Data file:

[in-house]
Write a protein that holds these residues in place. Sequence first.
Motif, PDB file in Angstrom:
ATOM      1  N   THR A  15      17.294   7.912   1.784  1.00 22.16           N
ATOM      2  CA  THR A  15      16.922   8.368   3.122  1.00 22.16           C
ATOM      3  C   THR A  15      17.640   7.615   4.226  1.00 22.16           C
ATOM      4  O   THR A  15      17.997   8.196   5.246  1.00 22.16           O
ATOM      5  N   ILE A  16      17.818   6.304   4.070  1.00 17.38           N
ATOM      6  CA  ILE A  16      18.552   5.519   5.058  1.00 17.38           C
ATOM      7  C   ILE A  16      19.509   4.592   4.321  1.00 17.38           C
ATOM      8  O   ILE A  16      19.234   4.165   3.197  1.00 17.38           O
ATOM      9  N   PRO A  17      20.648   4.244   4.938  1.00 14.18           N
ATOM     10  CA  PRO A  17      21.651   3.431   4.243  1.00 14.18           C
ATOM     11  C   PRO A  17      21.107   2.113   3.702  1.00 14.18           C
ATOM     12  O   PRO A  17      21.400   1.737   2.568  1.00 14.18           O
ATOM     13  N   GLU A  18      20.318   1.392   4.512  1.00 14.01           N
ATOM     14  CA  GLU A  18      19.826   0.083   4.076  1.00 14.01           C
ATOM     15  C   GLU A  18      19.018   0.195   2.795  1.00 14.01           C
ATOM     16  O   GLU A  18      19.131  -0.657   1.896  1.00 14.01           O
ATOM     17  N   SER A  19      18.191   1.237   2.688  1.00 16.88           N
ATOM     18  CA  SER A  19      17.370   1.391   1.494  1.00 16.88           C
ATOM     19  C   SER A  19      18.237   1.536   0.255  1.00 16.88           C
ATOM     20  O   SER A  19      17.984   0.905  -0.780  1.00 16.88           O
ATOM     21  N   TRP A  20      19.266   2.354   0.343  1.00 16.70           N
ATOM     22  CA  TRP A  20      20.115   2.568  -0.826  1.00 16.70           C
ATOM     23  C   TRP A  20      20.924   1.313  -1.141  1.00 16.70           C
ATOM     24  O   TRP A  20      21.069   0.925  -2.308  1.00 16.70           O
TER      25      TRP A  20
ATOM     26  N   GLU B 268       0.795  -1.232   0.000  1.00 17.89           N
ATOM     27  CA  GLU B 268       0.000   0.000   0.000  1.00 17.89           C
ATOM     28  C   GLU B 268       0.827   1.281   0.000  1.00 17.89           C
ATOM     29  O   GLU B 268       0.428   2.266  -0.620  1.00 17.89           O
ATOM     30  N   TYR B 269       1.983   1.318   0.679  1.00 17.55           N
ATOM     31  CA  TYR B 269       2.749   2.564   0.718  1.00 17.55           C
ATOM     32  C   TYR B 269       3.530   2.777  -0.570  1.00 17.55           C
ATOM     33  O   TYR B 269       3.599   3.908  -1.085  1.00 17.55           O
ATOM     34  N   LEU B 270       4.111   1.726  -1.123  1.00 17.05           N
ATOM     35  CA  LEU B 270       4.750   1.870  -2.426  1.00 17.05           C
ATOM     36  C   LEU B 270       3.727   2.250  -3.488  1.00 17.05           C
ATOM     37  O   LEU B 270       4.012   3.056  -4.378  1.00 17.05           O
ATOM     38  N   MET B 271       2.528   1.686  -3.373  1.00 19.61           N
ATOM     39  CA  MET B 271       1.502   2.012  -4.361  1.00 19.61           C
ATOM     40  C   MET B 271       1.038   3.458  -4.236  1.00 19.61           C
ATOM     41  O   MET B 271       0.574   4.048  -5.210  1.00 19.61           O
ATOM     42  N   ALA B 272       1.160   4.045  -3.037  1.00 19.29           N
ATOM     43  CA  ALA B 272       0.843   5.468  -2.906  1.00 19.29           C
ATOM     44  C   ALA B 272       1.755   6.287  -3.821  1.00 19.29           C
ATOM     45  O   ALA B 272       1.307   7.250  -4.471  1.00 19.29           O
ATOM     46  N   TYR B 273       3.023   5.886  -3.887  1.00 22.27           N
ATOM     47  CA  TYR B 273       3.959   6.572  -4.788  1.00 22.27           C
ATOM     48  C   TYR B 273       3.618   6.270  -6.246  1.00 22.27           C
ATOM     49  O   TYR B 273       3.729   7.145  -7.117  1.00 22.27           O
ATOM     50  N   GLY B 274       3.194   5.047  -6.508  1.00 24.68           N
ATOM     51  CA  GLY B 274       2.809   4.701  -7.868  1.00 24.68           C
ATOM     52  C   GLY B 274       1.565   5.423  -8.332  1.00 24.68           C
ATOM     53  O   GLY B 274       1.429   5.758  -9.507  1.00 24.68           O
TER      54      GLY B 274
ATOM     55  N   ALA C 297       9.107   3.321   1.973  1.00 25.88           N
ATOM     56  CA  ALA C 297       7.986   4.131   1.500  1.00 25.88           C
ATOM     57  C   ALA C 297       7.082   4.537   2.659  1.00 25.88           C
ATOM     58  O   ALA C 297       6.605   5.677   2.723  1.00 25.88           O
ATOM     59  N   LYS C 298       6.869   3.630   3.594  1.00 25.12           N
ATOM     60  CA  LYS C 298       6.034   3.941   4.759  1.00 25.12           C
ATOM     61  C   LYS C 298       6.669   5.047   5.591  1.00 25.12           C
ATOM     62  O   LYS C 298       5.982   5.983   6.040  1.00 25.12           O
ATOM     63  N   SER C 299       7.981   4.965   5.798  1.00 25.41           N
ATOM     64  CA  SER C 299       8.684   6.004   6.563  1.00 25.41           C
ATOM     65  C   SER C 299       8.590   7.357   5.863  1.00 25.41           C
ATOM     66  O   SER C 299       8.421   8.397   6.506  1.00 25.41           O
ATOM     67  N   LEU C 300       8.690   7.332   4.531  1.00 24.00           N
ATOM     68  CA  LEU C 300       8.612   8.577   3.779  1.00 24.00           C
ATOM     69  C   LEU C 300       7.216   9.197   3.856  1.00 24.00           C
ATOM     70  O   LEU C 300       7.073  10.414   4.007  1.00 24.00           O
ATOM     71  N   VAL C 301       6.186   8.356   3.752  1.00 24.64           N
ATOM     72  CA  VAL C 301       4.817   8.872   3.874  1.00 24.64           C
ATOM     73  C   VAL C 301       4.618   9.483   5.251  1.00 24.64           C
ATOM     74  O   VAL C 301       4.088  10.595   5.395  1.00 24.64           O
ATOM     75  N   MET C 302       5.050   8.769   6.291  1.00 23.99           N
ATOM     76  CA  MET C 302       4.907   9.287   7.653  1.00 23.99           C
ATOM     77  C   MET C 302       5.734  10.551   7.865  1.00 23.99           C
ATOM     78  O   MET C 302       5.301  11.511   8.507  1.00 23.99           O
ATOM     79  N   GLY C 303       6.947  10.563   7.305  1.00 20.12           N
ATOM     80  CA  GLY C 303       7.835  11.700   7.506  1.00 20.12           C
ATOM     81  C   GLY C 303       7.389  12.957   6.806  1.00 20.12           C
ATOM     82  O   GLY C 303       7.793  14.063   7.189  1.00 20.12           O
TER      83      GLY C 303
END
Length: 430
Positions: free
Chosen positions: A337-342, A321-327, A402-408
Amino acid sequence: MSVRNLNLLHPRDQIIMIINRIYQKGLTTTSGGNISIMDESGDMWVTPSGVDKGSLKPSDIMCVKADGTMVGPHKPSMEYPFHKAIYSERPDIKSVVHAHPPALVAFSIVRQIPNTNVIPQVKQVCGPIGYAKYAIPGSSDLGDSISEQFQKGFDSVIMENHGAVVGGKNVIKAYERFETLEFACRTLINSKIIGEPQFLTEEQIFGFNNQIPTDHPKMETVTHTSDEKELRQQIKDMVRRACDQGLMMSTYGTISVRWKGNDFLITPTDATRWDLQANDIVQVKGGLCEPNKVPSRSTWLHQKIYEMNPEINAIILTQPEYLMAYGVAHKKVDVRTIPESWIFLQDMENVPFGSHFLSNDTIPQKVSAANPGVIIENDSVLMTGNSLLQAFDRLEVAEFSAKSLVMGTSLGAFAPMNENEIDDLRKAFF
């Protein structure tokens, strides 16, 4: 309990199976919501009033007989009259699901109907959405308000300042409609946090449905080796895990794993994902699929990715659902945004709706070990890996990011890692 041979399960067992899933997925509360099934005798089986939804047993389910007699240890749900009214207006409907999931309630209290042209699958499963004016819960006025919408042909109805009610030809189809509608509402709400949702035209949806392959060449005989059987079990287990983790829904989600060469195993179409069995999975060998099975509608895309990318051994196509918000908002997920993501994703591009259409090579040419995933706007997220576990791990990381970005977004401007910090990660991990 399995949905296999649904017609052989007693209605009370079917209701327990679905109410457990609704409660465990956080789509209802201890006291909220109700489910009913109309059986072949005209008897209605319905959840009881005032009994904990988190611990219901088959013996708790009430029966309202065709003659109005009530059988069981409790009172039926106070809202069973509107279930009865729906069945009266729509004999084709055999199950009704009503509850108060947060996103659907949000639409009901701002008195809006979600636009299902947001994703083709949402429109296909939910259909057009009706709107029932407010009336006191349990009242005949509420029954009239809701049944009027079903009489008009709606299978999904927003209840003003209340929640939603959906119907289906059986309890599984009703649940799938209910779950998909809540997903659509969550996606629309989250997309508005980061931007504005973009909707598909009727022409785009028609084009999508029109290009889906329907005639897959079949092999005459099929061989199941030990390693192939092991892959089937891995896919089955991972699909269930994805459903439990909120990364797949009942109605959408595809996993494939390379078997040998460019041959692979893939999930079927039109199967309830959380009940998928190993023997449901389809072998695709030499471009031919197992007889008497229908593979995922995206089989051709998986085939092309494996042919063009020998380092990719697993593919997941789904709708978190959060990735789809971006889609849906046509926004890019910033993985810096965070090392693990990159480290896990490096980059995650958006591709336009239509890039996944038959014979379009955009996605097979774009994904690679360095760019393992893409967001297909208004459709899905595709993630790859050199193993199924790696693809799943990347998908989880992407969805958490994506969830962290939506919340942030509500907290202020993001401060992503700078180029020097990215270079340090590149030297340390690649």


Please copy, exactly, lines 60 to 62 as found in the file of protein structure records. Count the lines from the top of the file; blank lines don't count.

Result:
ATOM     57  C   ALA C 297       7.082   4.537   2.659  1.00 25.88           C
ATOM     58  O   ALA C 297       6.605   5.677   2.723  1.00 25.88           O
ATOM     59  N   LYS C 298       6.869   3.630   3.594  1.00 25.12           N